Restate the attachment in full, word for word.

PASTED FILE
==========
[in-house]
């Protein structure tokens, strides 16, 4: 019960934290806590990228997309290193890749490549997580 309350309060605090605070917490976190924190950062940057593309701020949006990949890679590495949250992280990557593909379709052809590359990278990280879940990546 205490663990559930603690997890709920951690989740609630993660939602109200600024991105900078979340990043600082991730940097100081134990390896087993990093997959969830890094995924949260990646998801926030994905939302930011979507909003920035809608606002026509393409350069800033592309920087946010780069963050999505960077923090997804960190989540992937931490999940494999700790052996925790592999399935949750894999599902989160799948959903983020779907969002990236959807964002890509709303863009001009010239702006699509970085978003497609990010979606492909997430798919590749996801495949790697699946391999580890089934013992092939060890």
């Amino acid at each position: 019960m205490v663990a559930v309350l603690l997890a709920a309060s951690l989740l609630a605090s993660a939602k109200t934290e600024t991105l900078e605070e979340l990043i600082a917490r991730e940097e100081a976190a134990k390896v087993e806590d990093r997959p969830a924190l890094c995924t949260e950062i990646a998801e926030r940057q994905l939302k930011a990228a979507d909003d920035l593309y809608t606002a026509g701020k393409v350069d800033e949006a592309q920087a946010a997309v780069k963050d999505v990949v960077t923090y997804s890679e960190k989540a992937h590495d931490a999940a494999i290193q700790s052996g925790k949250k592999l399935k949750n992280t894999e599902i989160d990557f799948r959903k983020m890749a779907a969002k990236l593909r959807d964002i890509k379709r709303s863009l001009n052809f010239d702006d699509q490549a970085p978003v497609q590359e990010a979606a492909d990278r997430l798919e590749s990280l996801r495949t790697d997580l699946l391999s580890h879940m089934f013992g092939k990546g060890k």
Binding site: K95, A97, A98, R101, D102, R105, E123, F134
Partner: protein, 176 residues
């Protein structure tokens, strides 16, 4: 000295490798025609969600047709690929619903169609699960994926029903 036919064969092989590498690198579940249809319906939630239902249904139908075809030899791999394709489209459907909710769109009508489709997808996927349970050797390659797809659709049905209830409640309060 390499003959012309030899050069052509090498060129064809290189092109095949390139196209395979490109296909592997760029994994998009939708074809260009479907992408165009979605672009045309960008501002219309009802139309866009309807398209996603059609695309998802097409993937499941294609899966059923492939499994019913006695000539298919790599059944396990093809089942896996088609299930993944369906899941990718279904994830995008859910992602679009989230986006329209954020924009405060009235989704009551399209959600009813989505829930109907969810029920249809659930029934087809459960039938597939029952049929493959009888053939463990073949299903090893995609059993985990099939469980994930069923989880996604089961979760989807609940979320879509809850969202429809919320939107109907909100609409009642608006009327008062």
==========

[in-house]
């Protein structure tokens, strides 16, 4: 019960934290806590990228997309290193890749490549997580 309350309060605090605070917490976190924190950062940057593309701020949006990949890679590495949250992280990557593909379709052809590359990278990280879940990546 205490663990559930603690997890709920951690989740609630993660939602109200600024991105900078979340990043600082991730940097100081134990390896087993990093997959969830890094995924949260990646998801926030994905939302930011979507909003920035809608606002026509393409350069800033592309920087946010780069963050999505960077923090997804960190989540992937931490999940494999700790052996925790592999399935949750894999599902989160799948959903983020779907969002990236959807964002890509709303863009001009010239702006699509970085978003497609990010979606492909997430798919590749996801495949790697699946391999580890089934013992092939060890």
């Amino acid at each position: 019960m205490v663990a559930v309350l603690l997890a709920a309060s951690l989740l609630a605090s993660a939602k109200t934290e600024t991105l900078e605070e979340l990043i600082a917490r991730e940097e100081a976190a134990k390896v087993e806590d990093r997959p969830a924190l890094c995924t949260e950062i990646a998801e926030r940057q994905l939302k930011a990228a979507d909003d920035l593309y809608t606002a026509g701020k393409v350069d800033e949006a592309q920087a946010a997309v780069k963050d999505v990949v960077t923090y997804s890679e960190k989540a992937h590495d931490a999940a494999i290193q700790s052996g925790k949250k592999l399935k949750n992280t894999e599902i989160d990557f799948r959903k983020m890749a779907a969002k990236l593909r959807d964002i890509k379709r709303s863009l001009n052809f010239d702006d699509q490549a970085p978003v497609q590359e990010a979606a492909d990278r997430l798919e590749s990280l996801r495949t790697d997580l699946l391999s580890h879940m089934f013992g092939k990546g060890k």
Binding site: K95, A97, A98, R101, D102, R105, E123, F134
Partner: protein, 176 residues
């Protein structure tokens, strides 16, 4: 000295490798025609969600047709690929619903169609699960994926029903 036919064969092989590498690198579940249809319906939630239902249904139908075809030899791999394709489209459907909710769109009508489709997808996927349970050797390659797809659709049905209830409640309060 390499003959012309030899050069052509090498060129064809290189092109095949390139196209395979490109296909592997760029994994998009939708074809260009479907992408165009979605672009045309960008501002219309009802139309866009309807398209996603059609695309998802097409993937499941294609899966059923492939499994019913006695000539298919790599059944396990093809089942896996088609299930993944369906899941990718279904994830995008859910992602679009989230986006329209954020924009405060009235989704009551399209959600009813989505829930109907969810029920249809659930029934087809459960039938597939029952049929493959009888053939463990073949299903090893995609059993985990099939469980994930069923989880996604089961979760989807609940979320879509809850969202429809919320939107109907909100609409009642608006009327008062």